“She also had to endure the stress that came with juggling academic responsibilities while putting on the green jersey.”
Navigating an international rugby career whilst also working full-time has posed plenty of challenges for the Enniskillen native. However, she also had to endure the stress that came with juggling academic responsibilities while putting on the green jersey. “Additionally coping with the stress of trying to complete final year Physiotherapy in TCD whilst competing in the 2019 Six Nations” saw her “submit [her] dissertation the day before starting against France”. That being said, the camaraderie of her teammates made her journey much less daunting, especially with the resident jokers of the training pitch and dressing room by her side: “Lindsay Peat is probably the biggest joker, you don’t know what she is going to come out with next! In all fairness, all the girls are savage craic!”. Understandably, she still looks back fondly on her first-ever start in a number nine jersey for Ireland: “I played the full game, it was high tempo and very joué style rugby which is my favourite.”
Even now as a graduate, Dane endeavours to show support for her former DUFC teammates: “I definitely enjoy popping down to college park to support the girls. On the occasions that I cannot make games, I follow the match reports on Instagram or Twitter.”
The women’s game, both nationally and internationally, has not yet reached the professional level of men’s rugby but Dane has confidence in the Irish Rugby
Football Union’s ability and commitment to ensure the women’s game continues to develop and thrive: “I think the IRFU are doing everything in their power at present to support us and promote player welfare through expert medical services, the Rugby players Ireland supports and the world-class playing facilities.” Yet it is not just the playing authorities in Ireland that have a role to play in the promotion of women’s rugby. She acknowledges that a greater engagement from all areas of the game is also needed. When asked about how the welfare of players could be improved, she suggests that “Until we receive greater media coverage and sponsorship we might sustain greater financial support in order for us to take more time off work for rugby.”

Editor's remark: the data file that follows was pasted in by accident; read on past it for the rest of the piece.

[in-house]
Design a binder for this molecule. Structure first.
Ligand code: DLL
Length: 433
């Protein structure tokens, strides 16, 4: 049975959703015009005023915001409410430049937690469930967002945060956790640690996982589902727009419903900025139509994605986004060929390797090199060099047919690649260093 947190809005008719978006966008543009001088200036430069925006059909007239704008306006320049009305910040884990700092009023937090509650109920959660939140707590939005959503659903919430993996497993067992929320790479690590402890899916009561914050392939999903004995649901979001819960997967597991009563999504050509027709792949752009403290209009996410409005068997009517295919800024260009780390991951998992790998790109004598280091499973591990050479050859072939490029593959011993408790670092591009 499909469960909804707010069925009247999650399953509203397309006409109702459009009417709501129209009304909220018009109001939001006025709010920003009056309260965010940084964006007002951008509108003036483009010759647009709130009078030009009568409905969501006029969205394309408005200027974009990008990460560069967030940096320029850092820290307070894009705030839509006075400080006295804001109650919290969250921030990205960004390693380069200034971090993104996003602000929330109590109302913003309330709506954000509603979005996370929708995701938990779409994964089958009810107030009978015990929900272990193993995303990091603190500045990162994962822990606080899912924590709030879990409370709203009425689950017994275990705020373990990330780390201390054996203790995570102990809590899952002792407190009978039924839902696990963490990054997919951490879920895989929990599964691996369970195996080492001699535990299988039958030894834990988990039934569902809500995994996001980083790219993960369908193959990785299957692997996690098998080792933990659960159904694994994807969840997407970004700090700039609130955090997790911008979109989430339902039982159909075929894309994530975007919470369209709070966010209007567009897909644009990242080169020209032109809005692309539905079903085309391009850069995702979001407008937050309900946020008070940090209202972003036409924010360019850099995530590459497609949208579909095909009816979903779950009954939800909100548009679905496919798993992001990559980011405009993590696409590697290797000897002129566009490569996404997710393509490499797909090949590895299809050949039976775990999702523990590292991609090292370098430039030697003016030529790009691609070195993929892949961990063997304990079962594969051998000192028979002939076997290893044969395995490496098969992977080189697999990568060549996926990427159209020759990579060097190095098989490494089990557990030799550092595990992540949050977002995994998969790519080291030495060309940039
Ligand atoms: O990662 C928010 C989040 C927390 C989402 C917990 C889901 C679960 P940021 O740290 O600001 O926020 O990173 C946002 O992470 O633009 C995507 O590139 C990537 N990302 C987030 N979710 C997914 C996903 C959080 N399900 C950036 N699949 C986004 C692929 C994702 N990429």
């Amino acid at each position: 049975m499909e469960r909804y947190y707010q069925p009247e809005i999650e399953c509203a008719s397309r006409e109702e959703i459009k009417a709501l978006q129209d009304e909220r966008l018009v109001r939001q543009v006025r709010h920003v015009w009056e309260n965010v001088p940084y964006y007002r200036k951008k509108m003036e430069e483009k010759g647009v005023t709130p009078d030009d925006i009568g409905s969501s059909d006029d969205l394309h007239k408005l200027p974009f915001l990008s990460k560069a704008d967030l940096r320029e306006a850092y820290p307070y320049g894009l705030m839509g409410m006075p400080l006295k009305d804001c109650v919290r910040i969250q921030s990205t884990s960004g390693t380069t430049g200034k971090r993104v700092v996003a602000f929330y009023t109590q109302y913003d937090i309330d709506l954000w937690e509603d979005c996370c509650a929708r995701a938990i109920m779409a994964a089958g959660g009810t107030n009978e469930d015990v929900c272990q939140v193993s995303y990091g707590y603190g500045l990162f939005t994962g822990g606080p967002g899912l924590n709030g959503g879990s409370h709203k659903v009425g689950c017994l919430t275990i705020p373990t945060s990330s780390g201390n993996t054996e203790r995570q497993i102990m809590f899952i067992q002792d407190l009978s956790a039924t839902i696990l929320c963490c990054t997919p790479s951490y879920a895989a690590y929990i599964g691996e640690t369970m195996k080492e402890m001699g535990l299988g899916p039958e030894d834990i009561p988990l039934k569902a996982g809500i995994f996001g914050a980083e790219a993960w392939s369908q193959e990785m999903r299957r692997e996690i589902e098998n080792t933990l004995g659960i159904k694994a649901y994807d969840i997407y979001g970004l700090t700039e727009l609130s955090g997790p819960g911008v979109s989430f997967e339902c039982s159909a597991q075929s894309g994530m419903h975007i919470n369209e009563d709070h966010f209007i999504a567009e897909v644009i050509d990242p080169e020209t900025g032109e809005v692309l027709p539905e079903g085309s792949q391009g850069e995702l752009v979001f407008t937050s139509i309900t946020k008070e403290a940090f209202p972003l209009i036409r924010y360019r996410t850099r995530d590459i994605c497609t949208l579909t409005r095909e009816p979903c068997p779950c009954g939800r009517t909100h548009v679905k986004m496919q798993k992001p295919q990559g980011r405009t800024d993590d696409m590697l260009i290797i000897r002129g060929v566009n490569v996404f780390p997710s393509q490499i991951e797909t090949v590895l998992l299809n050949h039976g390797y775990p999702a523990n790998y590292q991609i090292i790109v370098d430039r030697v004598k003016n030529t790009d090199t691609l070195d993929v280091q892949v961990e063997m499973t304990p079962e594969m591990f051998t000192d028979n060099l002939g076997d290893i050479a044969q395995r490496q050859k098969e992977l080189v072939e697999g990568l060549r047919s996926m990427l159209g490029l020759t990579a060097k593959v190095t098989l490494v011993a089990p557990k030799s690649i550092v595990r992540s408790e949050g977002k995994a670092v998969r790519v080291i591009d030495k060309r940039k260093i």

“Dane is ambitious about the future of the game and is not content for the sporting environment to remain the way it is currently.”
Despite the rapid development of the women’s game, Dane is ambitious about the future of the game and is not content for the sporting environment to remain the way it is currently: “I would love to see Irish women’s rugby go professional. From a performance perspective, we are growing year on year with a very young side so it will be exciting to see us in five years time, we have serious potential with youngsters like Beibhin Parsons.” With players as passionate as Kathryn Dane, women’s rugby in Ireland is in safe hands; the Girls in Green evidently have plenty to offer.